Today, I ran my first Mob Programming with students. After this experiment I am, even more than before, convinced that Mob Programming is an effective way to scale hands-on software development training to relatively large groups.
When I first learned about Mob Programming in a talk by Woody Zuill at @OnAgile 2015, it struck me as a brilliant way to make hands-on training scale to at least the number of student assistants I employ. When I asked him, Woody confirmed that he had indeed already used the method in similar settings and kindly took the time to share his experience with me.
Some months passed since, but today, I finally ran my first Mob Programming experiment with students. Five of my students volunteered for the events, one of which unfortunately got sick and could not participate. Two of the remaining students knew each other, while the others had not met before. Three of them are third year Bachelor students and one a first year Master student. Only one of them had heard of Mob Programming before my invitation.
I arranged the group according to the recommendations from the Mob Programming Guidebook: The students sat in a half-circle in front of a projector. The left-most student sat in front of the keyboard, playing the driver. He was not allowed to type unless instructed by the navigator. The right-most student was that navigator. He could discuss his ideas with the remaining two, who where also free to give suggestions at any time. In the feedback, the students stated that having one navigator as a decision maker helped them progress, although all non-drivers regularly contributed to discussions.
As an initial technical issue we identified that one student was used to a different keyboard layout, which was not natively supported by Windows. Luckily, we could quickly install the respective mapping scheme, such they could switch to their preferred layout when driving.
As a task, I asked the students to implement a basic Point of Sale (POS) for my small grocery store. First, I asked them to implement selling of individual items and later extended the task to selling multiple items. The output was to be printed to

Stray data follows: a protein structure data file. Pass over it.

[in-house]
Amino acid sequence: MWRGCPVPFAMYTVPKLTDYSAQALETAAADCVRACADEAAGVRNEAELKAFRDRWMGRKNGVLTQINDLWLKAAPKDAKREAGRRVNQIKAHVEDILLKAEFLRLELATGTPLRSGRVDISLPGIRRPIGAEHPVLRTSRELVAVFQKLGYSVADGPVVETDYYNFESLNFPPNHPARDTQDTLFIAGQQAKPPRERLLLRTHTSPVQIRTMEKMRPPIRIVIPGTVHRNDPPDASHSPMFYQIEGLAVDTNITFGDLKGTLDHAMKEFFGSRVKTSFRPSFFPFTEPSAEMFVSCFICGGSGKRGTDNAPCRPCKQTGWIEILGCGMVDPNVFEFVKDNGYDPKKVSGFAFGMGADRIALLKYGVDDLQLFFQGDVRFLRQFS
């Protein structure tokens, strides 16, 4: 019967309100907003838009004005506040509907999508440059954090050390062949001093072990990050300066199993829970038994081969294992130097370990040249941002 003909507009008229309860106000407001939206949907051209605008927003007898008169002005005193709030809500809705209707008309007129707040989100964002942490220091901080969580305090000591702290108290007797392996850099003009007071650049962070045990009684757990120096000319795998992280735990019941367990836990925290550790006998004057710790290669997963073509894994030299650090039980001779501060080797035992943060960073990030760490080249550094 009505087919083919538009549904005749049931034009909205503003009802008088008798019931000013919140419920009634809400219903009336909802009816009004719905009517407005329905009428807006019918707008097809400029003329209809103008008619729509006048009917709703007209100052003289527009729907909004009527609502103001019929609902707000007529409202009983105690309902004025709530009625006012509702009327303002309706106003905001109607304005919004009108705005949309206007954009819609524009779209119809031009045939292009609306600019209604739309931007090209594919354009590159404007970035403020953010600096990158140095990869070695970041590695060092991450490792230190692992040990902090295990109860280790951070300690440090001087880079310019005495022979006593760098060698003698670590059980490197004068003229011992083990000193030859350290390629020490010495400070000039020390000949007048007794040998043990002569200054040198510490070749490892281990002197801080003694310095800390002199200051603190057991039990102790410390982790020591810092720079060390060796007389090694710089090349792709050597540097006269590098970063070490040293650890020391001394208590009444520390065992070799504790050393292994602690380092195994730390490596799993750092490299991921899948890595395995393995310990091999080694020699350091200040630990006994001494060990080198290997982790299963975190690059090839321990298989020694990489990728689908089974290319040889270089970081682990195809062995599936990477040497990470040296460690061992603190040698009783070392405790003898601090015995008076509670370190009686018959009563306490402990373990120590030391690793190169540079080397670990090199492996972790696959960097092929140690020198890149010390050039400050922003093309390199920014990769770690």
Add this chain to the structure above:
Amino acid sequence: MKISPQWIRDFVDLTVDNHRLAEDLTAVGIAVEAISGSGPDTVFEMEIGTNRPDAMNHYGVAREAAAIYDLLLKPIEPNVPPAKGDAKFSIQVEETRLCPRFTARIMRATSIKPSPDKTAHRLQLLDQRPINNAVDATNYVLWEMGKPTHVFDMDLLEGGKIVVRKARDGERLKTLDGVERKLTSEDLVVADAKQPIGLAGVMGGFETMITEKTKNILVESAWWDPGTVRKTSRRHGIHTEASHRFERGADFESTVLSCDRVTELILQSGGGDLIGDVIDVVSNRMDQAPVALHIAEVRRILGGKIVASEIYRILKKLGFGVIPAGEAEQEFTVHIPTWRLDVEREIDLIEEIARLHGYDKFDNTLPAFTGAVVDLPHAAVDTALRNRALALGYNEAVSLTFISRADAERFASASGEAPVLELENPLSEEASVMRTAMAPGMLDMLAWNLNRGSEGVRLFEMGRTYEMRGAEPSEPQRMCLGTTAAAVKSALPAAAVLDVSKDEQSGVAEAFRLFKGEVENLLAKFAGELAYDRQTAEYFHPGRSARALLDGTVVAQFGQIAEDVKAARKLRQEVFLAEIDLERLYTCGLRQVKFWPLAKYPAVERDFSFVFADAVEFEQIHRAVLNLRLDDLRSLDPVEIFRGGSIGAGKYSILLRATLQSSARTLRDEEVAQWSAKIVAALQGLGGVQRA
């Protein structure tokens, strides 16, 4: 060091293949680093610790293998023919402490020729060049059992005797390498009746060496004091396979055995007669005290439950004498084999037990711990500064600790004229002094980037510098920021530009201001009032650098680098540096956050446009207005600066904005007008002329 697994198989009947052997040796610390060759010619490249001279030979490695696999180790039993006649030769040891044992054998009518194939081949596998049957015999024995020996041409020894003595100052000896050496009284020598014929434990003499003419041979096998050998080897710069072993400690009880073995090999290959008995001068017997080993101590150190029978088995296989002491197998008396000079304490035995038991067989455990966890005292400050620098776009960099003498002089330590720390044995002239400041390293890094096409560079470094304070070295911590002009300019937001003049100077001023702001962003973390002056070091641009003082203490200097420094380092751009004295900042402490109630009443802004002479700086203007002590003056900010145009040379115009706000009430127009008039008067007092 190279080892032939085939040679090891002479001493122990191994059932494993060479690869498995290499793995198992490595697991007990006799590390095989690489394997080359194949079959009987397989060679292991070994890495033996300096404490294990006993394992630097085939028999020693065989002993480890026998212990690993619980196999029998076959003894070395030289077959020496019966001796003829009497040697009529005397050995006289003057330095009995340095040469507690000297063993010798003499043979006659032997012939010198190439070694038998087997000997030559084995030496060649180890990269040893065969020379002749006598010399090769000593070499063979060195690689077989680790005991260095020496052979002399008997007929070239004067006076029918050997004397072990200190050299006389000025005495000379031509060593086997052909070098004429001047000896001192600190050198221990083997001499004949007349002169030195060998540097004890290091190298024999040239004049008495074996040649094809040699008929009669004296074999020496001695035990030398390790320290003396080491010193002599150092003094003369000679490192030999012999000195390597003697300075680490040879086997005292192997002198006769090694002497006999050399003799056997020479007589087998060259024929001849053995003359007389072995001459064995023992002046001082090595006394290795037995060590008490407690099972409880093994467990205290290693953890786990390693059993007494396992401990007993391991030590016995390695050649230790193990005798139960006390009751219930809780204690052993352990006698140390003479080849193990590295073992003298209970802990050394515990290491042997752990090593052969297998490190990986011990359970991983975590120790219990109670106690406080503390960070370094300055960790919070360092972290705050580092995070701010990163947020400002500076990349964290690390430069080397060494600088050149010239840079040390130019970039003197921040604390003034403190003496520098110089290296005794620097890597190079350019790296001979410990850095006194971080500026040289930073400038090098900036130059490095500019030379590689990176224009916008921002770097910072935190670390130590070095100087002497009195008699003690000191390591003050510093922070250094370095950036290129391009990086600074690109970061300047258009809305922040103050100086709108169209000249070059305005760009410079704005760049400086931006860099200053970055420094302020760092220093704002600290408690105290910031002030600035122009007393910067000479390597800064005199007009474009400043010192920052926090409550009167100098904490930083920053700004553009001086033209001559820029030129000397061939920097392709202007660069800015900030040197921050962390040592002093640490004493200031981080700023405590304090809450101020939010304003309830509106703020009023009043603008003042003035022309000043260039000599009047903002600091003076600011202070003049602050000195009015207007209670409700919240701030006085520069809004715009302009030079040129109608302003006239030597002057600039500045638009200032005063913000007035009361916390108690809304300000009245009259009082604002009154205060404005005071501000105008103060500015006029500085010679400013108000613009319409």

stdout. They worked for approximately 1:40 hours in total, followed by a feedback and discussion, which lasted for another 30 minutes. In retrospective, one of them noted that they should have taken a break after about an hour. All implementation was done in C# using Visual Studio. Two of the students had programmed C# in Visual Studio before, while the other two had no experience with neither.
We shifted seats ever 5 minutes, so that the navigator became the driver and one of the former observers became the navigator. After I gave them the initial task, I immediately started the timer for the first round. Even though I suggested for them to take some time for an initial planning, they immediately jumped into writing code. During the feedback they stated that the short cycle time put them under pressure and effectively kept them from thinking things through. Moreover, they critiqued that the cycling led to always the same pairs of driver and navigator.
It took the group about one full cycle (20 minutes) to warm to Mob Programming. Three of the five stated later that it was at first strange to work with people they had not met before. This kept them from openly critiquing the code they developed. This ice was finally broken during the 4th cycle, when they discovered that all of them had held back from commenting on a code issue that all of them had noticed.
Interestingly, already after the second full cycle they all handled the IDE and language with relative ease, including a growing number of shortcuts. Two of them stated that working under the guidance of the navigator and with the joint knowledge of the whole mob, it was much easer to get started with the unfamiliar tools.
Over the entire session, the group performed test-first programming. In the feedback, they noted this as a positive result of working in a mob, because they would not have done it on their own. All of them agreed that they jointly produced code with high quality. In fact, through their discussions, they repeatedly discovered additional test cases. Interestingly, they almost did not refactor or clean up neither their test nor their production code. When I asked them for this in the feedback, one student said that he had felt an increasing urge to do so, but that it had not yet been strong enough to act for it.
Looking back at these first two hours of Mob Programming with students, I am amazed by how fast the students adopted the style of working and how quickly they found themselves into language and IDE. Also it surprised me how quickly I, as an observer, got a pretty good picture of their individual skills. I am now, even more than before, convinced that Mob Programming helps to scale coding training to relatively large groups of students. I will take the mob’s feedback to improve the setting next time. Also I want to enrich the task by methodological aspects, like finding good names, removing duplication, reducing the number of tests, or the like, to nudge the mob in directions it does not go on its own. I am very much looking forward to this.